Every wall sports undercabinet
LED light strips with outlets
along their length. This chest
of drawers on the "D-Wall"
is flat and wide to
accommodate wrapping paper
and tissue of all sizes

Over the next several weeks the new hobby room came together beautifully, albeit in fits and starts. But now it is finally finished, and I was able to start moving my wrapping paper and art supplies into it this week. An acquaintance crafted for me a beautiful mattress cover for the day bed, with a backrest, bolsters and valances to match from fabric I found on sale at JoAnn Crafts. I found the oversized pencil and ruler wall art at Grandinroad.com.  And now that the room is complete, I can't wait to start crafting in there!
Cheers,
Lynell
"A woman with organizing skills can run a construction company without ever picking up a hammer and nail." ~Warren Farrell

Sunday, July 16, 2017

Summer Potluck

My invitation doesn't
change much from year
to year
Oh, how I relish summer get-togethers with family and neighbors and friends all gathered in someone's yard for food, fellowship and, if I'm lucky, swimming and fireworks, too!  Except I found I wasn't being invited to any such gatherings on a regular basis. So in 2009 or so, I decided to start hosting my own summer party. Since my immediate family is clear across the country in California, I decided to invite friends and neighbors who I wanted to get to know better for a summer garden party, and I threw in for good measure a cousin or two from both sides of my family who live near me in Maryland and Virginia.

I soon discovered that holding my party on the July Fourth holiday does not produce a very big turnout, as everyone has already committed to spending time with their own families. The key, it turned out, is to host the gathering the first Saturday after the Fourth of July. Everyone who isn't traveling on vacation is far more likely to be available, the fireworks are all half price at the stores, and people are still in the mood for a patriotic outdoor gala.

I decided to make it a potluck, with the intention of taking some of the intense preparation off my shoulders. Much as I love to host fancy dinner parties during the winter, this would be an opportunity for my guests to showcase their own family favorites to a wider audience. Of course, I would make something, but it had to be easy and keep well. I chose my favorite Maahs family chili, a beloved recipe handed down to me by the family of my first husband, Mike Maahs, more than forty years ago. Some might think of chili as more of a cold-weather staple, but I love this chili any time of year. And made with lean ground turkey, it hits all the right flavor notes without being too heavy for sultry summer weather.  I had sixty guests that first year -- and I've never looked back.

This year I emailed my invitation on June 8, exactly one month ahead of the date of the party. Those neighbors for whom I did not have email addresses, such as Ricky and Bonita, the new couple who moved in across the street a few months ago, got snail-mailed invitations.

The new roof, by Dream Home
 Remodeling, looked great once it was
finally completed
As the date for the party approached, I began to get nervous, not about the party, which I've been doing for almost a decade now, but because I had foolishly engaged contractors in June to undertake three major construction projects at my house all at the same time. Suddenly I was not at all confident that the new roof, the new heating and air-conditioning system, and the new hobby-craft-guest room I was having built in a spare bedroom, would be finished in time.  On top of that, I had a houseguest coming from Australia for a seven-day visit just a a couple of weeks before the party. If you've ever stayed with me, you know that I like to wine (and cocktail) and cook for and pamper my guests, which understandably takes a bit of effort on my part.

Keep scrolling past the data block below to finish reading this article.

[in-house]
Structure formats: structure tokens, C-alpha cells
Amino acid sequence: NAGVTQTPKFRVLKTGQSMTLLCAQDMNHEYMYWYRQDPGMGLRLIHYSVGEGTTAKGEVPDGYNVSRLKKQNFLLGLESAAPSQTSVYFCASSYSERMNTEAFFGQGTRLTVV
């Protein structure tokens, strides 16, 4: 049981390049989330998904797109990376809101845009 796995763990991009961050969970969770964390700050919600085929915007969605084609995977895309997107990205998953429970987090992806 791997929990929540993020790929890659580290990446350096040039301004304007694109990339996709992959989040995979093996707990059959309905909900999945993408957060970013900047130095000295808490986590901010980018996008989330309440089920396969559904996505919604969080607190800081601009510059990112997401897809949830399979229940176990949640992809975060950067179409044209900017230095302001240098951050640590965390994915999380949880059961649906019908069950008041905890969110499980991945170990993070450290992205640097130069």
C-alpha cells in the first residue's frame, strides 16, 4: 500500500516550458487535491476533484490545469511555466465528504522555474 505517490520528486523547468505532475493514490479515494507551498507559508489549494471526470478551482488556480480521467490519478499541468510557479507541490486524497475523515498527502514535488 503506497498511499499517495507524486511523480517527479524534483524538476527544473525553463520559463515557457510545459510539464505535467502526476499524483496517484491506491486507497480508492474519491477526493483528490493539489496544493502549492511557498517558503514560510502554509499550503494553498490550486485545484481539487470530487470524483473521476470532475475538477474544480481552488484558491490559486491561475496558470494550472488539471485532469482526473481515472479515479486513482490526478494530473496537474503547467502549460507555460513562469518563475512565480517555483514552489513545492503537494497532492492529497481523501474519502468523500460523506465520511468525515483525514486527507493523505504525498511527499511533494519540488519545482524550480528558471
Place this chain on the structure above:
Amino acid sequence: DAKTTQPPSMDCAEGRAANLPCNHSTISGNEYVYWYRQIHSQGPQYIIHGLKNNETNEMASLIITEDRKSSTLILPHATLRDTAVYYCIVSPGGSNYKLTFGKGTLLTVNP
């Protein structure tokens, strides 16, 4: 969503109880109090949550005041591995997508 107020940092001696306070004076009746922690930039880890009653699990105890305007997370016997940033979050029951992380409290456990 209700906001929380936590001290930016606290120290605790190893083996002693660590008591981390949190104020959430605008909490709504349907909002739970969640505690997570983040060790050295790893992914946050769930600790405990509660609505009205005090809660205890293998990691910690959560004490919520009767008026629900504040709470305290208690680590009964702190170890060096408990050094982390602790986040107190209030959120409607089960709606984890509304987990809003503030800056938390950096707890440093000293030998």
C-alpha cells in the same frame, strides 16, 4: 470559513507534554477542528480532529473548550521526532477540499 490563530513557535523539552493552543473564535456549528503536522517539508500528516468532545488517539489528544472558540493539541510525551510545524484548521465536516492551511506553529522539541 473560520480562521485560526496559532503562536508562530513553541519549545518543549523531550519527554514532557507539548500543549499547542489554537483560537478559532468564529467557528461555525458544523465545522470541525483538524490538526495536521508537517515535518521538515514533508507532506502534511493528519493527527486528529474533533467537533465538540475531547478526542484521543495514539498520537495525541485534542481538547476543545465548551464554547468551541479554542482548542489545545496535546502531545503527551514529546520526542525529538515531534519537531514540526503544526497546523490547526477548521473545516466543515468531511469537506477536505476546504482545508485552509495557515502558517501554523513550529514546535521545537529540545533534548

The crew chief, Lapaya, added
this  imaginative "conehead"
decoration to my smokehouse
roof. I love it!
Installation of the roofs (not just one roof but the roof on my main house, on my guest house, on my pool shed and on an ancient smokehouse at the back of my property about the size of an outhouse) were initially held up because of a rainy forecast (which never materialized) and then, when roof construction finally did get underway, it rained a little bit every day they were here (Murphy's law).   Originally scheduled for the middle of May, my roofs were finally completed on July 3, after my houseguest departed. I love, love, love my new roof (and the new skylights in my laundry room and the scalloped siding on the upstairs dormers that the contractor threw in to sweeten the deal) but getting through from start to finish without a meltdown was a challenge. They actually gave me a hardhat to wear after I was hit in the head twice by nail-filled shingles being flung with abandon as the workers dismantled the old roof.

The new HVAC system was also a challenge. I'd researched various alternatives for my ancient fuel-oil boiler system and hot-water radiators. I loved the radiators and their silent, comfortable heat, but they took up an enormous amount of space in every room of my small farmhouse. The fuel oil that powered them was expensive, and I also had the expense of an inefficient forced-air propane furnace in my guesthouse. In addition to fuel oil and propane, I paid electric bills for both systems and, with only two small window air-conditioners (one in my home office and one in my bedroom upstairs), I'd never had truly comfortable cool, conditioned air in my home the entire seventeen years I'd lived in Maryland.  It was time for a change.

John Bain and John Weckessser of
Advanced Heating and Cooling
install a ducted unit in my small
attic space